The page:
The idea behind the comic seems to be a macabre twist on the determinist story. A giant RESET button that sets the universe back to its initial state would, theoretically, only cause the exact same chain of events of this universe to happen again. (In fact, who’s to say that this hasn’t already happened? Oooooh…)

With the discovery of modern physics and quantum mechanics, contemporary scientists have swung decidedly toward indeterminism, whereby there are some events that are not caused by previous events, but are “uncaused.” An electron is said to act in an entirely random way when observed, such that we cannot possibly know both the speed and the position of any electron. Skeptics of this view claim that there is some cause to the way that electrons behave, but that our science simply has been unable to find it so far.

For more on this topic, including the alleged threat to freedom by determinism, try the SEP article on Causal Determinism or my sadly deprecated other blog.


The Distant Future Problem January 19, 2009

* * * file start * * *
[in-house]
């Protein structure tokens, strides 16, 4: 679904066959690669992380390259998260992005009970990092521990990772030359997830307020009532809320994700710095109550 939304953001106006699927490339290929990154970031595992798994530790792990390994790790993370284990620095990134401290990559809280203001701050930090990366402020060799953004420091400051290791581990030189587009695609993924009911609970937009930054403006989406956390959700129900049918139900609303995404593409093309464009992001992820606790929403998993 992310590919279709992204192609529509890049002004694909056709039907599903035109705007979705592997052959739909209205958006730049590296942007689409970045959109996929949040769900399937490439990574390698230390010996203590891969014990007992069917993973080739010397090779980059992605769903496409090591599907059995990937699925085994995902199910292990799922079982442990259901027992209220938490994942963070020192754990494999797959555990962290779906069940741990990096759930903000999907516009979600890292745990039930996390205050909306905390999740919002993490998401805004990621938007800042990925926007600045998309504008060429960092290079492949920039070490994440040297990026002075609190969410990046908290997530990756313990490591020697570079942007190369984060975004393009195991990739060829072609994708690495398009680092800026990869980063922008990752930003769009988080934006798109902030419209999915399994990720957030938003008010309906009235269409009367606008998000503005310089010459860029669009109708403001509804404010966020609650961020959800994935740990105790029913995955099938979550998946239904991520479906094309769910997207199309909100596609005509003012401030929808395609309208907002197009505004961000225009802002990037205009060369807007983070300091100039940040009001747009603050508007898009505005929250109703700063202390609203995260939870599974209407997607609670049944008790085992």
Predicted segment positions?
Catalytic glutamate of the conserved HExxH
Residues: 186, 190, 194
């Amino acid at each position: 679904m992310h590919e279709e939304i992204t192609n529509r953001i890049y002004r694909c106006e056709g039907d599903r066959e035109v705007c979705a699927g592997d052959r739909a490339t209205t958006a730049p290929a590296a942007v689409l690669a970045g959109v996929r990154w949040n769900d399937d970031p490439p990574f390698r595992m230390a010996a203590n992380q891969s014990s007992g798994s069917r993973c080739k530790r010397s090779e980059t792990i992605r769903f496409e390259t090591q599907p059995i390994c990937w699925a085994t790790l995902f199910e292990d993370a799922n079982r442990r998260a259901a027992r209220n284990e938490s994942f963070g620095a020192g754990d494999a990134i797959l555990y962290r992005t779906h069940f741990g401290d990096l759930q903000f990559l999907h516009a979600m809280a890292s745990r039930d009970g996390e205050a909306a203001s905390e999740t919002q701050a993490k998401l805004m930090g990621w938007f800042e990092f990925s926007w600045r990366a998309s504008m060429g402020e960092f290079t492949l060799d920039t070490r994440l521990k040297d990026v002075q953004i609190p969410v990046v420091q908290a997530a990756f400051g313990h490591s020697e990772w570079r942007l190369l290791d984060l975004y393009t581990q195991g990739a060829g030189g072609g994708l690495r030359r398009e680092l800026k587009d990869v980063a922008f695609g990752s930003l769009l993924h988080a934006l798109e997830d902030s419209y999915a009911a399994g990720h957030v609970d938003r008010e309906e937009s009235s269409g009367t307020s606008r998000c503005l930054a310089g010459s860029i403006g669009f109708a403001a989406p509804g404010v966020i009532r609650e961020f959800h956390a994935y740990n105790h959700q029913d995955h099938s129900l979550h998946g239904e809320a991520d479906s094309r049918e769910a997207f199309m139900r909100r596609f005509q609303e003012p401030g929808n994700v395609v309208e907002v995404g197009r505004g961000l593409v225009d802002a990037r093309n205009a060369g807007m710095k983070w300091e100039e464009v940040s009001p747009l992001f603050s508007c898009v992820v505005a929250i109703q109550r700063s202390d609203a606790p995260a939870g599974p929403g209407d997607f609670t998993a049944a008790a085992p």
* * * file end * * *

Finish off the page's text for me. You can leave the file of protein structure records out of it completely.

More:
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Saturday Morning Breakfast Cereal

Consequentialism is the ethical view that the thing that makes an action right or wrong is its consequences. One version of consequentialism, as detailed by Jeremy Bentham and J.S. Mills, is Utilitarianism. Utilitarians reduce ethics to almost a kind of math, where every action is evaluated in terms of the net amount of pleasure or pain it produces. We can imagine a sort of formula, where utility=pleasure-pain. The goal of the utilitarian is to maximize utility. It is important to note that the pleasure and pain of every individual is taken into account equally; I cannot place my own utility or even the utility of my loved ones above that of a perfect stranger.

For example, say that I’m driving my car when I see a woman in the road. To my horror, I discover that my brakes are not working properly. I have the choice to either swerve into a field of tall grass on my right or continue on my current path, hitting the woman. If I hit the woman, it would cause her a lot of pain, and may even end her life. If I swerve into the ditch, I will be able to coast to a stop. My car may sustain a bit of damage, I may be jostled around a bit, and I may be late to my next appointment. But none of those things are enough to justify my not swerving into the field, saving the woman. The net utility if I swerve is much higher than the net utility if I do not. It seems that the right thing to do would be to veer right.